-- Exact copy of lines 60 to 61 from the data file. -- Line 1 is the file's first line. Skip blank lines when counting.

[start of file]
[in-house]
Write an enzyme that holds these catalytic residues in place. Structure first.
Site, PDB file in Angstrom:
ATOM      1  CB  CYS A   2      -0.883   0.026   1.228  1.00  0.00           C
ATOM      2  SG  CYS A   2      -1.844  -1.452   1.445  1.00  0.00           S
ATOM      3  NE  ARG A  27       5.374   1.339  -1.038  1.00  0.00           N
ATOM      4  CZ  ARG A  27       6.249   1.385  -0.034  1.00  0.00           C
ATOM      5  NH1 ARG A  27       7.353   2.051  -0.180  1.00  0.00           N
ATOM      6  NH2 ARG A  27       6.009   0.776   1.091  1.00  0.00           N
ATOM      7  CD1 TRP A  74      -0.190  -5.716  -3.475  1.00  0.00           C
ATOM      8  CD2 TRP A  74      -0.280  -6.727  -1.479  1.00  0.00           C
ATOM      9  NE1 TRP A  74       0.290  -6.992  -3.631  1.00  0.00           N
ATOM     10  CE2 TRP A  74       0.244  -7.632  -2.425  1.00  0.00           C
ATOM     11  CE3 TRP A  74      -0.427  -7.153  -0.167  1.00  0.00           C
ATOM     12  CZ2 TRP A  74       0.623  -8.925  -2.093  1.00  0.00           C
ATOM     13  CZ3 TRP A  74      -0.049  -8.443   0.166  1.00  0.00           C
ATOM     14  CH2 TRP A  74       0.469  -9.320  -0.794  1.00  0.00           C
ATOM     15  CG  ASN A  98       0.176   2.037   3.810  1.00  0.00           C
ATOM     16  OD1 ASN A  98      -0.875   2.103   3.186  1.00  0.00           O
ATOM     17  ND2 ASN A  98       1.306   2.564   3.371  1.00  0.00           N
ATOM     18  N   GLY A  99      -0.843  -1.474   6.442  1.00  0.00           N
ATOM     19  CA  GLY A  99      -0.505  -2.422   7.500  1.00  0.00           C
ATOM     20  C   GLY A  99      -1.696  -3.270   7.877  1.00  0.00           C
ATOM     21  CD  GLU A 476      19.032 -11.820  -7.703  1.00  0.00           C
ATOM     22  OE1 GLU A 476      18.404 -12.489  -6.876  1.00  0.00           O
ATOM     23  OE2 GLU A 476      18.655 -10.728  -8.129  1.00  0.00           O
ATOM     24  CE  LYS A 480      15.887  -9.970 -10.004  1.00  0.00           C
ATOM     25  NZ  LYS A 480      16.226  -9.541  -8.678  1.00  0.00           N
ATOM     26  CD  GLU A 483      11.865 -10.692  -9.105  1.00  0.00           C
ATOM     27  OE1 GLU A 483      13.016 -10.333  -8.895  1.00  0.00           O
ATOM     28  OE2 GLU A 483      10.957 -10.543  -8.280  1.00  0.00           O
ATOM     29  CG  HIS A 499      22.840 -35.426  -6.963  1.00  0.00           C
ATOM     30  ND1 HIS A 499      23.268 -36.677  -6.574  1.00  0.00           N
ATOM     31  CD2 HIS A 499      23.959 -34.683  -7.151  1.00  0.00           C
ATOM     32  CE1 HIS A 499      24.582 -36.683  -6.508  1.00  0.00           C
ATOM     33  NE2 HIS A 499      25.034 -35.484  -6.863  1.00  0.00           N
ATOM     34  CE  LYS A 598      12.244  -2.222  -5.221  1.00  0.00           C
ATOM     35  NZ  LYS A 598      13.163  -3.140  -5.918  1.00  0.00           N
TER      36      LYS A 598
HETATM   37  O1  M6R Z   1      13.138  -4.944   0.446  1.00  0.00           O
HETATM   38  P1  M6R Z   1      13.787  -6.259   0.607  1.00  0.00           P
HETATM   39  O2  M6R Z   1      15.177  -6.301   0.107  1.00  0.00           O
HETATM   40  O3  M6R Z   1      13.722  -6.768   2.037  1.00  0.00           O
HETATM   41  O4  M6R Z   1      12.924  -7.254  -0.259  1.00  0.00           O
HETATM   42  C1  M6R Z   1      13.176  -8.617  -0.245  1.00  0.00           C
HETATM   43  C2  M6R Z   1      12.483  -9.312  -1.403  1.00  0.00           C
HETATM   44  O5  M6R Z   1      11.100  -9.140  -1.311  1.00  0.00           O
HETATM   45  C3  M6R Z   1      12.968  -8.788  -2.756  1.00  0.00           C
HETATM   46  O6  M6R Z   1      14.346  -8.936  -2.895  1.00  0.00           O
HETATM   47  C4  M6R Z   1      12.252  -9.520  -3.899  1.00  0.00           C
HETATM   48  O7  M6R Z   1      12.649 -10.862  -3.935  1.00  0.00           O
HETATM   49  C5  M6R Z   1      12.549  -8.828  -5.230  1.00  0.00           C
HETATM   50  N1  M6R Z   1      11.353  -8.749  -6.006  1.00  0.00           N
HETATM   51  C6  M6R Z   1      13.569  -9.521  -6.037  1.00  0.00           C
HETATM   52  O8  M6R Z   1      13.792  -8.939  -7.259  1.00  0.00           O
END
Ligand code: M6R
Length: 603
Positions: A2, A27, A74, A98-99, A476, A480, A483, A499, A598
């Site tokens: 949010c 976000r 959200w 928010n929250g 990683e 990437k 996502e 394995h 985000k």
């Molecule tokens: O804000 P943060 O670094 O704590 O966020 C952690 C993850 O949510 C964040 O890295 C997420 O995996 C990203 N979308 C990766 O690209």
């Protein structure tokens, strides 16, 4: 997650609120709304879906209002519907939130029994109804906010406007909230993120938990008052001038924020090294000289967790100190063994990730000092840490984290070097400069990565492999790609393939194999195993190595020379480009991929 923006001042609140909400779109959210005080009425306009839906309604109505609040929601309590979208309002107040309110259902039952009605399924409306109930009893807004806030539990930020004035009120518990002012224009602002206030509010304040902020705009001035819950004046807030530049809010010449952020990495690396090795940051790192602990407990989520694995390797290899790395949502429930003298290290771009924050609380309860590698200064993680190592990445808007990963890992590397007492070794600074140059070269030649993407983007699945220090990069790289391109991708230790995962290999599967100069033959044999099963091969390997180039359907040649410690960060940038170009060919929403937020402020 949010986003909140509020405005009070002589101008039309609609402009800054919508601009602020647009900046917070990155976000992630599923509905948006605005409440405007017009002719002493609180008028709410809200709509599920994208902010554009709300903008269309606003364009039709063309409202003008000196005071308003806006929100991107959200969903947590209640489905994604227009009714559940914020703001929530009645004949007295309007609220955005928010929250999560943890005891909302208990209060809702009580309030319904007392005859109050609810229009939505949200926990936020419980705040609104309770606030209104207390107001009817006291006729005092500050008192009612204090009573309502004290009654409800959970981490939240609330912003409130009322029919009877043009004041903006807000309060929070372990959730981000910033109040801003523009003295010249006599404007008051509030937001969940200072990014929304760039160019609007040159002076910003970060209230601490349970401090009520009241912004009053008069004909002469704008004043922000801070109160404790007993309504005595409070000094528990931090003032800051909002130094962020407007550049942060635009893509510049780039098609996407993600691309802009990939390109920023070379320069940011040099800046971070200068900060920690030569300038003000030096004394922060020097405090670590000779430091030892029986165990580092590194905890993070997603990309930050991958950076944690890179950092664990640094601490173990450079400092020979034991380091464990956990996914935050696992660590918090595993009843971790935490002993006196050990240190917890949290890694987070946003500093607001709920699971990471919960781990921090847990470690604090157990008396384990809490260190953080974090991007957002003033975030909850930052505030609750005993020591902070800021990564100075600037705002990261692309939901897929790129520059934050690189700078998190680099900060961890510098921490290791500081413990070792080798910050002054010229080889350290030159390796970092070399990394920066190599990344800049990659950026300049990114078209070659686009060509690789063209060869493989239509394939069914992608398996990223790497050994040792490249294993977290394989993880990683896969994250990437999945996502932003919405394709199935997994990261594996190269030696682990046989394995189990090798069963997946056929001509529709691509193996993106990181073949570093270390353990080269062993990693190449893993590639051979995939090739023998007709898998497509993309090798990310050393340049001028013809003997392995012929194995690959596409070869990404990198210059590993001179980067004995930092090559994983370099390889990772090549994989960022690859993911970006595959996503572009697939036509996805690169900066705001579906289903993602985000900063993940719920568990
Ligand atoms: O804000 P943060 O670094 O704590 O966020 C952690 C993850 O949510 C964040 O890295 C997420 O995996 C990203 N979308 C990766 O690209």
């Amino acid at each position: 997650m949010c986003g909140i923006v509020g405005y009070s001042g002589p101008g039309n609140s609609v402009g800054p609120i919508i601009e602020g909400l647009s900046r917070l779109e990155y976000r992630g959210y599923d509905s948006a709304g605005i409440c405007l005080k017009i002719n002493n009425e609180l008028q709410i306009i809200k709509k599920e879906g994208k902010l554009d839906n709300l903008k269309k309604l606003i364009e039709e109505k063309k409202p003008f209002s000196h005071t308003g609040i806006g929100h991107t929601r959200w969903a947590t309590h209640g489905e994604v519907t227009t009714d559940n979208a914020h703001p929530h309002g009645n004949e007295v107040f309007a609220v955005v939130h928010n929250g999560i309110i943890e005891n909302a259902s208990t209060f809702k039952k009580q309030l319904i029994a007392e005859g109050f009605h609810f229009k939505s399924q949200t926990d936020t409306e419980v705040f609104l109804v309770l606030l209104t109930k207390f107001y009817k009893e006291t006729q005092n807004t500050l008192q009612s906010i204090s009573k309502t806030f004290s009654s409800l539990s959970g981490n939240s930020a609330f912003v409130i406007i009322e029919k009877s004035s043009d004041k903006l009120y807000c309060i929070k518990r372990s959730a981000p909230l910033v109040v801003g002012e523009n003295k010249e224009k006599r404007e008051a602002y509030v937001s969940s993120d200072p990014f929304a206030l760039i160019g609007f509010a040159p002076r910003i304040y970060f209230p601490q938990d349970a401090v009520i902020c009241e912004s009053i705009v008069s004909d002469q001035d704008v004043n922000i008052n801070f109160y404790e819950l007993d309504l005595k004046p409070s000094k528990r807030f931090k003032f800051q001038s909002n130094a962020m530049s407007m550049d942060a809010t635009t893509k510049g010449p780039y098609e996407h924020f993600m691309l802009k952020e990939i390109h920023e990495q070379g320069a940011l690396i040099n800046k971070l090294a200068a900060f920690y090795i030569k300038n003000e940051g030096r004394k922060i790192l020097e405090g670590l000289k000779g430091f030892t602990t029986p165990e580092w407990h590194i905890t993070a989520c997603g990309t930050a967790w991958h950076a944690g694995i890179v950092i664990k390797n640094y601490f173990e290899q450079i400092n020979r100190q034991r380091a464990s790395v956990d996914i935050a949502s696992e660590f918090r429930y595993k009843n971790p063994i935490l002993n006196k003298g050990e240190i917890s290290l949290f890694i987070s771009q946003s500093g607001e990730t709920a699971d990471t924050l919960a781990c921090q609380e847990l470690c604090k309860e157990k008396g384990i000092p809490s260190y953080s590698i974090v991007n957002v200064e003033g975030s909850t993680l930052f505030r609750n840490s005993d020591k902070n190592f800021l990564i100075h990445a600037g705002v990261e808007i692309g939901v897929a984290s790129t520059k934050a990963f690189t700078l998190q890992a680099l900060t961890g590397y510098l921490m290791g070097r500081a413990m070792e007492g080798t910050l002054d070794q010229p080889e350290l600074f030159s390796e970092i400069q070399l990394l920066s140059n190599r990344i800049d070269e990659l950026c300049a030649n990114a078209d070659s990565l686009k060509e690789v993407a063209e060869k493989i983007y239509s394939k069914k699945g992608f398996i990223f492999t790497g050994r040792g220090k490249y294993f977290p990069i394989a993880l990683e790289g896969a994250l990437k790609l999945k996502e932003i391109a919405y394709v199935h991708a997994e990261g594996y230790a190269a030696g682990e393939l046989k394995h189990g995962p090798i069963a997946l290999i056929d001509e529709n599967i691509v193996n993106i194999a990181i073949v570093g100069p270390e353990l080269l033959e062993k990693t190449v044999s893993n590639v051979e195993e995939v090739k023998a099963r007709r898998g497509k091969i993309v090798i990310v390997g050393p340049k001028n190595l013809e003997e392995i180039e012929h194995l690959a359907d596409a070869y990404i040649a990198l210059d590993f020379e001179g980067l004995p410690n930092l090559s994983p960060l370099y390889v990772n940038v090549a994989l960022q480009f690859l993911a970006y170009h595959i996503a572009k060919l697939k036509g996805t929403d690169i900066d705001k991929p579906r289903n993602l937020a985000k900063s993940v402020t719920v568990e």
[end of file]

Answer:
């Site tokens: 949010c 976000r 959200w 928010n929250g 990683e 990437k 996502e 394995h 985000k």
């Molecule tokens: O804000 P943060 O670094 O704590 O966020 C952690 C993850 O949510 C964040 O890295 C997420 O995996 C990203 N979308 C990766 O690209």